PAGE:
The Lessons of Jonah’s Gourd (3)
How did sunburned Jonah, huffing in his booth outside Nineveh, come to evaluate things so utterly wrongly and wickedly (Jonah 4:1-9)? Why did he reckon so important one plant that only lasted 24 hours and upon which he did not bestow any labour? Why did he esteem of so little value some 720,000 people and much livestock in an ancient city?
There is a common factor here. Jonah, himself! Jonah’s selfishness! He was angry at God for killing the gourd because it provided shelter for him (Jonah). He was furious with the Almighty for not killing the myriads of Ninevites and their livestock, because he (Jonah) hated them and he (Jonah) did not want Jehovah to judge Israel, his own country.
In short, Jonah maintained that the gourd should live, and many thousands of people and cattle in Nineveh should die, because of his own sinful desires. The “very angry” prophet (1) even told his Creator to His face that he was right to be “angry” about it, “even unto death” (9)!
So did Jonah afterwards repent of his hardness of heart and blindness of mind? The book does not say yea or nay, in so many words, but I firmly believe that he did, for three main reasons.
First, though Jonah had fallen into grievous sin, he was still a child of God and the Lord always brings His sons and daughters back to fellowship with Himself through repentance, as with the prodigal son. The Canons of Dordt explain it well: “For, in the first place, in these falls He preserves in them the incorruptible seed of regeneration from perishing, or being totally lost; and again, by His Word and Spirit, certainly and effectually renews them to repentance, to a sincere and godly sorrow for their sins, that they may seek and obtain remission in the blood of the Mediator, may again experience the favour of a reconciled God, through faith adore His mercies, and henceforward more diligently work out their own salvation with fear and trembling” (V:7).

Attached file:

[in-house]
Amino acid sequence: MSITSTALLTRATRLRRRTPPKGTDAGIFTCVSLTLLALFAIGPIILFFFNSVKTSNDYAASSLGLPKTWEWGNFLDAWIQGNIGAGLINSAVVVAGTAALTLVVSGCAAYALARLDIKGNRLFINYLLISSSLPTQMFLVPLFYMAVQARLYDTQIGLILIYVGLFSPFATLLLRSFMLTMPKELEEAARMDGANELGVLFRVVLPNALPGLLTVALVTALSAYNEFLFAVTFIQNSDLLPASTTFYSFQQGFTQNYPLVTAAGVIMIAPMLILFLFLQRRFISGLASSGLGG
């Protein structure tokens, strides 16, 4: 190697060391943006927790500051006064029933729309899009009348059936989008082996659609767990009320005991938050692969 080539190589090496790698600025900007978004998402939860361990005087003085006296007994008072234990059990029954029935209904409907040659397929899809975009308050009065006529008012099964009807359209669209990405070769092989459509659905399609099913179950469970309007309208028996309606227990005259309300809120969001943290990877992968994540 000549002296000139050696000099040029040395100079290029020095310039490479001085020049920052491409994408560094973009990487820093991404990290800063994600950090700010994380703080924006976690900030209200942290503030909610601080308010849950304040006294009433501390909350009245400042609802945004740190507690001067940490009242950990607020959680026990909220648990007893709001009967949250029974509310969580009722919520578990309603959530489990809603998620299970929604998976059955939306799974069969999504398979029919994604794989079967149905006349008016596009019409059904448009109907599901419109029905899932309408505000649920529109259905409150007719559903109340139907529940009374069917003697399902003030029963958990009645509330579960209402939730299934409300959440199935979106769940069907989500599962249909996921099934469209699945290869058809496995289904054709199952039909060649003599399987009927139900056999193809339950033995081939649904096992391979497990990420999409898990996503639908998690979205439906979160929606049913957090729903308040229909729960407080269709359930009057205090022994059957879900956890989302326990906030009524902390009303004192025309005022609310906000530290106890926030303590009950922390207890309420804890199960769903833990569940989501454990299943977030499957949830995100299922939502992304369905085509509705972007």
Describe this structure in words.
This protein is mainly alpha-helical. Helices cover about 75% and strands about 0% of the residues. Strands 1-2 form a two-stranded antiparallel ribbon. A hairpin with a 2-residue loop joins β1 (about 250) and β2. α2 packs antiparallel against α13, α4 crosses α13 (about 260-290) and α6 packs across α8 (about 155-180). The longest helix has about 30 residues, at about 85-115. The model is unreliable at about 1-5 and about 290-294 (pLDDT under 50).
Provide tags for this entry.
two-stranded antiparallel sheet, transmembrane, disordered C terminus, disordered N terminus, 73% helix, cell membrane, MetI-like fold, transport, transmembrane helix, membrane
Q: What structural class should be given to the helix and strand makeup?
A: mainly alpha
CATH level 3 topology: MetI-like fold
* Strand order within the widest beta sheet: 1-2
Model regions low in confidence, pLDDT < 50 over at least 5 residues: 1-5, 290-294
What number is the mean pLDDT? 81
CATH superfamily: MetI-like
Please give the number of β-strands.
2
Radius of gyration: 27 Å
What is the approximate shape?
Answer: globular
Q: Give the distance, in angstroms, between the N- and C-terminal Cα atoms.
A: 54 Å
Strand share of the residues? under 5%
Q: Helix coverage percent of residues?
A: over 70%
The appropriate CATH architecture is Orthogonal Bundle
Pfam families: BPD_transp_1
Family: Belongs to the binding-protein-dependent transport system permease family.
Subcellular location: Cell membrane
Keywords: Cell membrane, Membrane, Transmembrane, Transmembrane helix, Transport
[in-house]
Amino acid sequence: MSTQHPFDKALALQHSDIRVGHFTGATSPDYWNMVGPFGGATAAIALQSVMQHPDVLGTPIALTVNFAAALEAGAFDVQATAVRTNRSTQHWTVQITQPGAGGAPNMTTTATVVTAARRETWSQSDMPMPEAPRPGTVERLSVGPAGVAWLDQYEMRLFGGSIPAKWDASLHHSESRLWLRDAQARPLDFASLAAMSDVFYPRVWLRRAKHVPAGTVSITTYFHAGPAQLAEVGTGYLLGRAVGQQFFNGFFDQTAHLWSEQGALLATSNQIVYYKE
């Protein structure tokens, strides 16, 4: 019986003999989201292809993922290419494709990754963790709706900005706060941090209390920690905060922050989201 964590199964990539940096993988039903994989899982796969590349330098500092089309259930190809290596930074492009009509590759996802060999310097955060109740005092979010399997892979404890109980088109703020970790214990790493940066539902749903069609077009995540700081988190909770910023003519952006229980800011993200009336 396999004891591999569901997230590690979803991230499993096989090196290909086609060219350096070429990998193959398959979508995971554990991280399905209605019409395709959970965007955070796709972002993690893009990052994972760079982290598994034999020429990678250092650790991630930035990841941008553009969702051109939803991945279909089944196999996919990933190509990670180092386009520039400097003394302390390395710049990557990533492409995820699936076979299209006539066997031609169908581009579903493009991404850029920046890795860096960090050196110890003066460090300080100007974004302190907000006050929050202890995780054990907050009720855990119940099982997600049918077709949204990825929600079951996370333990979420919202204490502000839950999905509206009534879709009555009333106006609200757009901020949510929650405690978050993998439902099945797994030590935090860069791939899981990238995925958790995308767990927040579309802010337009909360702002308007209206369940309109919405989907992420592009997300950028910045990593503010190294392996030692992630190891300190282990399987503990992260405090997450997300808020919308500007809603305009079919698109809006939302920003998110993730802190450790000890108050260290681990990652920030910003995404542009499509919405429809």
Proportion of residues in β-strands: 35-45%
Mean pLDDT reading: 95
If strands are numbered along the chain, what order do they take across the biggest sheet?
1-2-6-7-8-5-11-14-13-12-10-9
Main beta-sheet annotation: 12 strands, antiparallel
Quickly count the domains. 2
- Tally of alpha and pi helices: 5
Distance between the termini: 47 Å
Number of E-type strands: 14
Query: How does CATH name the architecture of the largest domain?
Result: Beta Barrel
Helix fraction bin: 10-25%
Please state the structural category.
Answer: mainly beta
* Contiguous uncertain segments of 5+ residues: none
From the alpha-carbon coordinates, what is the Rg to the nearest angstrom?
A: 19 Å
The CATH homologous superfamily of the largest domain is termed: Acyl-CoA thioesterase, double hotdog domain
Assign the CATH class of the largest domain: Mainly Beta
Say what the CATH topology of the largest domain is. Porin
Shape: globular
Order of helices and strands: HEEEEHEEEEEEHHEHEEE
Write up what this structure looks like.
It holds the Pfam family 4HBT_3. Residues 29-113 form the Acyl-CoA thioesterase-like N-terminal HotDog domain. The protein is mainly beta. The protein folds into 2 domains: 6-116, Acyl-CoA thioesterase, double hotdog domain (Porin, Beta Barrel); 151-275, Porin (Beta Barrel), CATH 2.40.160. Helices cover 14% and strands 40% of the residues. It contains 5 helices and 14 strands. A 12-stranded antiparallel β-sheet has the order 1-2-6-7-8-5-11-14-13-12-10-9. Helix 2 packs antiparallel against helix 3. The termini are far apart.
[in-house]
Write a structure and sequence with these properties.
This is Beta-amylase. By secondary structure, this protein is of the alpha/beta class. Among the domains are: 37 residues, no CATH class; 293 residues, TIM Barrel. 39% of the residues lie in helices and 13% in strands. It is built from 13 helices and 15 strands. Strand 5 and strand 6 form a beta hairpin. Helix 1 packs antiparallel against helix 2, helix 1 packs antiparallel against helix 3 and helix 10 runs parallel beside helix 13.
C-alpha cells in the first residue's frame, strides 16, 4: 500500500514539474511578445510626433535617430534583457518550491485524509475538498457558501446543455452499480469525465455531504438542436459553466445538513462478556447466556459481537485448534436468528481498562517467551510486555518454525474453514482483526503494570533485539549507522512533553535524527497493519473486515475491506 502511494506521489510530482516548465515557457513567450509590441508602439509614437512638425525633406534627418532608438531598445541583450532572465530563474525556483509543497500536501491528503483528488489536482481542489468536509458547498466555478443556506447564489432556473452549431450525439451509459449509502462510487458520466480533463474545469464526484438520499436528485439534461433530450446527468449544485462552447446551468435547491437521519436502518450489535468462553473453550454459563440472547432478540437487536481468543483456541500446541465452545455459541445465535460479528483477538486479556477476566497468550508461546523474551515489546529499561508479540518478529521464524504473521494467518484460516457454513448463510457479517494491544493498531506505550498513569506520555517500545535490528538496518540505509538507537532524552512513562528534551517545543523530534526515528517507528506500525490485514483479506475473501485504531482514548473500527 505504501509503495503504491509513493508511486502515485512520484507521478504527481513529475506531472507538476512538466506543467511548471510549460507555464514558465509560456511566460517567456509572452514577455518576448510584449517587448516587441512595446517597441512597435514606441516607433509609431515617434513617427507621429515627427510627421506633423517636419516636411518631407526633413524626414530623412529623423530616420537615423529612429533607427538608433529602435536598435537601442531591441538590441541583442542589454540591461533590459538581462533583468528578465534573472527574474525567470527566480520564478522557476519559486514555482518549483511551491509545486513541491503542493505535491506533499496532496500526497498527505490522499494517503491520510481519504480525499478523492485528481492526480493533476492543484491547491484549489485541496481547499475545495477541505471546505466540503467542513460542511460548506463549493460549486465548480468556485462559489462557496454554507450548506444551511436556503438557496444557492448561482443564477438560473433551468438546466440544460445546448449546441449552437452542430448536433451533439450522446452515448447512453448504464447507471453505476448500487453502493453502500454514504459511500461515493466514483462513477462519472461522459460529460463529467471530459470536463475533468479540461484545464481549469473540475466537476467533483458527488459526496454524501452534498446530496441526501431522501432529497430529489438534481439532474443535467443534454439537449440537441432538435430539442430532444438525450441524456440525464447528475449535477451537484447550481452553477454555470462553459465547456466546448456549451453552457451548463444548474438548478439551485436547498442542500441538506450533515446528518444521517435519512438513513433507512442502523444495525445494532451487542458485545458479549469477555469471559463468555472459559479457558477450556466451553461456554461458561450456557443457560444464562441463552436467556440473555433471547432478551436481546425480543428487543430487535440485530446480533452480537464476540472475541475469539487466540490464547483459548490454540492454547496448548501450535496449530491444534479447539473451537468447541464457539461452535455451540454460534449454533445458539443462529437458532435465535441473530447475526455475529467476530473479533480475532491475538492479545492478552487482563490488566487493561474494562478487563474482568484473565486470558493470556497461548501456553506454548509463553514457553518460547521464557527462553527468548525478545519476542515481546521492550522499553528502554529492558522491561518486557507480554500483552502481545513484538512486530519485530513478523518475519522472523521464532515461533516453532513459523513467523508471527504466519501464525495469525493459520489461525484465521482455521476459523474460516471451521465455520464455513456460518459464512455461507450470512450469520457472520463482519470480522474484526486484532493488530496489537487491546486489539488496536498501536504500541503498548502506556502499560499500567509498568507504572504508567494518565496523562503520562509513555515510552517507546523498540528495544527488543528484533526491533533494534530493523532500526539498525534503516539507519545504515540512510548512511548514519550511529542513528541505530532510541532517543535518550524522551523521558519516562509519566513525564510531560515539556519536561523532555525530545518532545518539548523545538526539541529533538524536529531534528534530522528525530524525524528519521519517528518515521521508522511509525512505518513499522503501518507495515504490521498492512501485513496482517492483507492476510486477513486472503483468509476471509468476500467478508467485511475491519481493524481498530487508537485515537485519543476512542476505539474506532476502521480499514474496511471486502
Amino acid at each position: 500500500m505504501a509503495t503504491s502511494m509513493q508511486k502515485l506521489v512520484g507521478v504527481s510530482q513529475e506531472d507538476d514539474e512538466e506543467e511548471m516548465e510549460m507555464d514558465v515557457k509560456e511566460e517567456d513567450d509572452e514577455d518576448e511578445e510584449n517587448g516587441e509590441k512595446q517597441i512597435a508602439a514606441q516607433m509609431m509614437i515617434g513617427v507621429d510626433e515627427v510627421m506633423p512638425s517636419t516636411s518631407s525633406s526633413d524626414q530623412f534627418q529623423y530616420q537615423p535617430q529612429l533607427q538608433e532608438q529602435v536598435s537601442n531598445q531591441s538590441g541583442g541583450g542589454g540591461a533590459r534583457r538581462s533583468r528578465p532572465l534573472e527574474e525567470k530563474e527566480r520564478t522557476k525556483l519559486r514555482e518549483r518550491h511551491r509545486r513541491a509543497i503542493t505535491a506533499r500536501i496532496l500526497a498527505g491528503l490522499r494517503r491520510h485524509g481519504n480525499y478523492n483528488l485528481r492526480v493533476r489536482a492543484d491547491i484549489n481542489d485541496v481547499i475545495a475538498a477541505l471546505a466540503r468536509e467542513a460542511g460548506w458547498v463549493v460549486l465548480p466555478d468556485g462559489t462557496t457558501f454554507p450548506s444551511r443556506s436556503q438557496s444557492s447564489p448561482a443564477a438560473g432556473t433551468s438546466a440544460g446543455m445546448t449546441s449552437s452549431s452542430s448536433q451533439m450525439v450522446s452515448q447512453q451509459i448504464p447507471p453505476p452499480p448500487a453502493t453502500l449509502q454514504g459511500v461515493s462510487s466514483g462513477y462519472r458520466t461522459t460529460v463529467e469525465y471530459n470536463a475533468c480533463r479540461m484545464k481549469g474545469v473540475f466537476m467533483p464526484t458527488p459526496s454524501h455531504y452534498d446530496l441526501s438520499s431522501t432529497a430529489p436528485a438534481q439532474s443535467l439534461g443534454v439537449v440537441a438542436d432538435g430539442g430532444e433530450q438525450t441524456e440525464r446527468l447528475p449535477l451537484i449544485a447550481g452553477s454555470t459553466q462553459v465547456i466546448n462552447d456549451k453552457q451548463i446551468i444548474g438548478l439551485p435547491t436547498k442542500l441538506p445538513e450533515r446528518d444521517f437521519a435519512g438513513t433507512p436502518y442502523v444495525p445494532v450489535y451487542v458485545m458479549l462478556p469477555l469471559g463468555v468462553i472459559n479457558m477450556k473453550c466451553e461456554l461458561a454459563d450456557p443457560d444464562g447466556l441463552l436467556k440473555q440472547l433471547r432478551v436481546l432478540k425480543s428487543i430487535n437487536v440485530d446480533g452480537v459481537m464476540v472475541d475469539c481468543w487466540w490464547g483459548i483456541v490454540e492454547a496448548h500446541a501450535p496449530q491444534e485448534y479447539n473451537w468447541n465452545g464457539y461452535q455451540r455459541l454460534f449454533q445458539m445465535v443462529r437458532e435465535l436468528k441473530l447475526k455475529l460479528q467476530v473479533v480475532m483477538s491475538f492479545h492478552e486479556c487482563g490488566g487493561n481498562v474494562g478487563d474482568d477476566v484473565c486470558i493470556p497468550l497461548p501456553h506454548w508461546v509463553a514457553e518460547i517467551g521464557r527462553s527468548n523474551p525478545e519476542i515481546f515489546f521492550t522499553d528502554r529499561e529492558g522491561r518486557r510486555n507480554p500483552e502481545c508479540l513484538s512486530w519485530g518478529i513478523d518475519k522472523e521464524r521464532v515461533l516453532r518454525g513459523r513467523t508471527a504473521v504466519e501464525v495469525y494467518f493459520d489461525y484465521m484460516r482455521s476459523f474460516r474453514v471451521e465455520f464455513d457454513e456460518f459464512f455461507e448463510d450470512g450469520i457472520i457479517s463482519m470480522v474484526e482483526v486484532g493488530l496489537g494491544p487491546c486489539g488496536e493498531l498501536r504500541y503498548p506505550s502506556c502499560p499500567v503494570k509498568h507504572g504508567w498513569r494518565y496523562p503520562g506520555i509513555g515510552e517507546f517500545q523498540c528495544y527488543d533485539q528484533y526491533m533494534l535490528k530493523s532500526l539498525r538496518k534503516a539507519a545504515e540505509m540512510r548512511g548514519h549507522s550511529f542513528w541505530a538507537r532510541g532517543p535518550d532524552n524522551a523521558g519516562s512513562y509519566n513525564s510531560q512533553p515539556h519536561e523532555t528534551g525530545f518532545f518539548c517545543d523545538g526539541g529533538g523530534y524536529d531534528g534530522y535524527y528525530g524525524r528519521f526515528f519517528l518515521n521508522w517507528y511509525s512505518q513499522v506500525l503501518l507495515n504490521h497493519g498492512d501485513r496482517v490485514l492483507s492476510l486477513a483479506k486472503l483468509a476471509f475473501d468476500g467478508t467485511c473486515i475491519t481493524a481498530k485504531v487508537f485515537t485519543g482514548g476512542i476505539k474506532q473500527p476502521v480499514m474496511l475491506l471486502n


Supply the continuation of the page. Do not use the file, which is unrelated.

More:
Second, Jonah wrote his book, as all the sixteen holy writing prophets penned their own inspired books, by “the Spirit of Christ which was in them” (I Pet. 1:11).
Third, read again Jehovah’s winsome argument, which was explained in the last issue of the News, in the light of His irresistible grace and wisdom: “Then said the Lord, Thou hast had pity on the gourd, for the which thou hast not laboured, neither madest it grow; which came up in a night, and perished in a night: And should not I spare Nineveh, that great city, wherein are more than sixscore thousand persons that cannot discern between their right hand and their left hand; and also much cattle?” (Jonah 4:10-11).
Jehovah used these powerful words as a mighty means of grace to Jonah so that he saw his foolishness, selfishness and wickedness. He could have crawled under the dirt under the booth and shriveled up like that gourd out of shame!
Thus, by God’s Spirit, the prophet redirected his anger. He was no longer sinfully angry against the Lord; he was now righteously angry against himself. The apostle Paul describes the zeal of true repentance: “For godly sorrow worketh repentance to salvation not to be repented of: but the sorrow of the world worketh death. For behold this selfsame thing, that ye sorrowed after a godly sort, what carefulness it wrought in you, yea, what clearing of yourselves, yea, what indignation, yea, what fear, yea, what vehement desire, yea, what zeal, yea, what revenge! In all things ye have approved yourselves to be clear in this matter” (II Cor. 7:10-11).
There is hardly a verse that Jonah could have written in his book without a tear. In fact, there is hardly a verse in his book that he could have read later without a tear.
There were tears of sorrow over his stubbornness and rebelliousness against his covenant God, especially His disobedience to the divine call to go to Nineveh, his flight to Tarshish and His sinful example to the sailors in chapter 1; and his childish petulance, repeated death wish and sulky answers to the Lord in chapter 4.
There were tears of thankfulness over Jehovah’s graciousness and kindness to him, especially his deliverance from drowning by the great fish, his escape from its dark, stinking belly and his answered prayer from the depths in chapter 2; and the marvellous salvation of the Ninevites, a foretaste of the conversion of the Gentiles, in chapter 3.
After all, Jonah’s great comfort was, as he had confessed earlier in the great fish’s belly, “Salvation is of the Lord” (Jonah 2:9). This is the consolation of us all, who hate our sins and have turned to God in Jesus Christ, for we also confess with Jonah, “thou art a gracious God, and merciful, slow to anger, and of great kindness, and repentest thee of the evil” (4:2)!
Rev. Angus Stewart, Pastor of Covenant PRC in Ballymena, N.Ireland
- Volume: 15
- Issue: 12
Rev. Angust Stewart (Wife: Mary)
Ordained - 2001
Pastorates: Covenant Protestant Reformed Church of Ballymena, Northern Ireland - 2001Website: www.cprf.co.uk/
Address7 Lislunnan Road
State or ProvinceCo.Antrim
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